Credit: R. Jacobson/NIST
Boulder, Colo. — Physicist Adam Kaufman of the U.S. Department of Commerce’s National Institute of Standards and Technology (NIST) has been awarded the 2023 New Horizons in Physics Prize from the Breakthrough Prize Foundation for his work in advancing the control of atoms and molecules to improve atomic clocks and quantum information processing.
Kaufman shares the $100,000 prize with selected winners, all from different institutions (Hannes Bernien, Manuel Endres, Kang-Kuen Ni, Hannes Pichler and Jeff Thompson). The prize committee selected the winners “for the development of optical tweezer arrays to realize control of individual atoms for applications in quantum information science, metrology, and molecular physics.”
The New Horizons in Physics Prize is awarded to promising early-career researchers who have already produced important work. Each year up to three New Horizons in Physics Prizes are awarded.
“Adam’s work has opened new possibilities for quantum physics, for atomic clocks and more, and we are proud to see his accomplishments recognized,” said Under Secretary of Commerce for Standards and Technology and NIST Director Laurie E. Locascio. “This award recognizes not only his scientific achievements, but how those achievements have already advanced the research of others in this field. I am confident there are many more scientific breakthroughs in his future.”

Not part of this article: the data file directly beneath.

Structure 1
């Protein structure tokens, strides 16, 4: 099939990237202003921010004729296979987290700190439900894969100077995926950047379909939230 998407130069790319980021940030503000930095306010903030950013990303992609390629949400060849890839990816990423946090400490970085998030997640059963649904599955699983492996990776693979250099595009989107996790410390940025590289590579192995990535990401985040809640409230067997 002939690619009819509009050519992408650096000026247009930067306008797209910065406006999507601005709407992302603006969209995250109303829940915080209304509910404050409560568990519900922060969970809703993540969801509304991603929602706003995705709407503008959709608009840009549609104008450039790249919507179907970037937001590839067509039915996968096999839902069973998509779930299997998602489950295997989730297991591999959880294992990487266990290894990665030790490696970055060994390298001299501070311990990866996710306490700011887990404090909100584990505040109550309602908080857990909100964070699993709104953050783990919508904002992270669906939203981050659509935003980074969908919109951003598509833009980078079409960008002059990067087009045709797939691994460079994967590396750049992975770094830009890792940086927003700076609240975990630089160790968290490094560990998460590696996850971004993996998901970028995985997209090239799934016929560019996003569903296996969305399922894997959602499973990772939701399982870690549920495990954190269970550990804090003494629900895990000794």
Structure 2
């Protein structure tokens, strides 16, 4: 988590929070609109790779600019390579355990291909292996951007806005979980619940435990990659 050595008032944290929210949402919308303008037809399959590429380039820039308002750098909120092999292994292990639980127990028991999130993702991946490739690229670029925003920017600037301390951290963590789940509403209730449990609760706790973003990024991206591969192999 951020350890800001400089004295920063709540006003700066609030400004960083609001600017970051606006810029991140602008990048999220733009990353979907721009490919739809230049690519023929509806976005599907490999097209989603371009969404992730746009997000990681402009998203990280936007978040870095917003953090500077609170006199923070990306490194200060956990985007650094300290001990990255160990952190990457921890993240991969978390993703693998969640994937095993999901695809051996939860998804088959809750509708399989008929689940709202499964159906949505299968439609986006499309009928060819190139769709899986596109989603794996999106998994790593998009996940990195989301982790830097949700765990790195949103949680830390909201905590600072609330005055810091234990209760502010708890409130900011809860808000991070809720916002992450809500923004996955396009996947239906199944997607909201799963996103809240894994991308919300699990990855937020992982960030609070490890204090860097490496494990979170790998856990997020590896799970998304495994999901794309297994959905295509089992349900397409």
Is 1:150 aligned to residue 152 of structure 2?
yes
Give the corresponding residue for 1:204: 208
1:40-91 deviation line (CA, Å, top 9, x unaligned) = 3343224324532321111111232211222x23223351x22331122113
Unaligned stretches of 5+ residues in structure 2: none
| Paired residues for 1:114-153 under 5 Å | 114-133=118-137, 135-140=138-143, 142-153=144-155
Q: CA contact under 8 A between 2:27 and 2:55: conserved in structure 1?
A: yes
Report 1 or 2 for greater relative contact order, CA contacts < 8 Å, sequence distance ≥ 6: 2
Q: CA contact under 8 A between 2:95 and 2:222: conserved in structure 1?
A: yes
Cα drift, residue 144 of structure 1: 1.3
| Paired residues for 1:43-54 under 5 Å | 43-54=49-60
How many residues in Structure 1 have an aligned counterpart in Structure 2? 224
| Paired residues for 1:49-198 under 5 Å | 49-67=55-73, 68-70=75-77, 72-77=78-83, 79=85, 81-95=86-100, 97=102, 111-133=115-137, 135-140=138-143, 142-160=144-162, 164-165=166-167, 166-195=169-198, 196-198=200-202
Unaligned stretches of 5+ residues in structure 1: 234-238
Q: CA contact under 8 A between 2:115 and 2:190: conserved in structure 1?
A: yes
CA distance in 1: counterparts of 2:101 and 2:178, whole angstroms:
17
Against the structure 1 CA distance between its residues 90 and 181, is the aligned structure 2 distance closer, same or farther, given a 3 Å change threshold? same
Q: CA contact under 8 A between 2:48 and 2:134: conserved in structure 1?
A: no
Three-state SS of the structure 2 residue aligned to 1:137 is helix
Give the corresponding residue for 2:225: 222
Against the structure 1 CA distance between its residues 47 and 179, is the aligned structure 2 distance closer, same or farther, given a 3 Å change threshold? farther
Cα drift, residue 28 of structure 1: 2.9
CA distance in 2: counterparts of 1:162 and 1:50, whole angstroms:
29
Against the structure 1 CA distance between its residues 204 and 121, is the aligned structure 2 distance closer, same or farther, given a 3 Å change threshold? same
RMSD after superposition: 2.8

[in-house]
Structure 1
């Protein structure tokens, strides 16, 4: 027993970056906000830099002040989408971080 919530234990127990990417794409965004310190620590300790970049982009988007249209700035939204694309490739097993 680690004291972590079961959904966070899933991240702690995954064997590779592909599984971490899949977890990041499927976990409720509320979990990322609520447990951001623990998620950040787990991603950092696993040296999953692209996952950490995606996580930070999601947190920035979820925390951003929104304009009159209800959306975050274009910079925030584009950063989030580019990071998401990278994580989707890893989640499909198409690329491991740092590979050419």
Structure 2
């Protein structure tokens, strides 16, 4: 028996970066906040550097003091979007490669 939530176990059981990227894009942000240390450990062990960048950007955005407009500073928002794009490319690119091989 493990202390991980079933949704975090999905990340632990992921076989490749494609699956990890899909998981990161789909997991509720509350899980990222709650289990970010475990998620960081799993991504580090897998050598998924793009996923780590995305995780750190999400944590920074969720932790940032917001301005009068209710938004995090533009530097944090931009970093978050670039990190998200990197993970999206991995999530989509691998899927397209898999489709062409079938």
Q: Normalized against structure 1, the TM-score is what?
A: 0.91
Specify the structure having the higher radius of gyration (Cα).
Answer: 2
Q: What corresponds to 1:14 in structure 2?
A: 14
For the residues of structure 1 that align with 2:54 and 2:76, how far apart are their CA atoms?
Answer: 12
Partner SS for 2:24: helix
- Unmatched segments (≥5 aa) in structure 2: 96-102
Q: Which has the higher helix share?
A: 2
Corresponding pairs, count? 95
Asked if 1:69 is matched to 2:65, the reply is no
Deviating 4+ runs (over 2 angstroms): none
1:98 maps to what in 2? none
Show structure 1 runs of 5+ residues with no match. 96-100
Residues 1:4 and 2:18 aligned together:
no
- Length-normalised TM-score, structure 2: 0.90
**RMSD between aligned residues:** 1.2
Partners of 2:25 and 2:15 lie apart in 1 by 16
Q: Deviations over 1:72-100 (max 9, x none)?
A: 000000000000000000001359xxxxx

Physicists are continually looking for better ways to isolate and control the molecules, ions and atoms that make up the quantum world. Optical tweezers are very tightly focused beams of light that can quickly trap and manipulate atoms and molecules. Arthur Ashkin, who developed optical tweezers while at Bell Laboratories, received a Nobel Prize in Physics in 2018 for the invention.
Kaufman leads a research group at JILA, a joint rese ..
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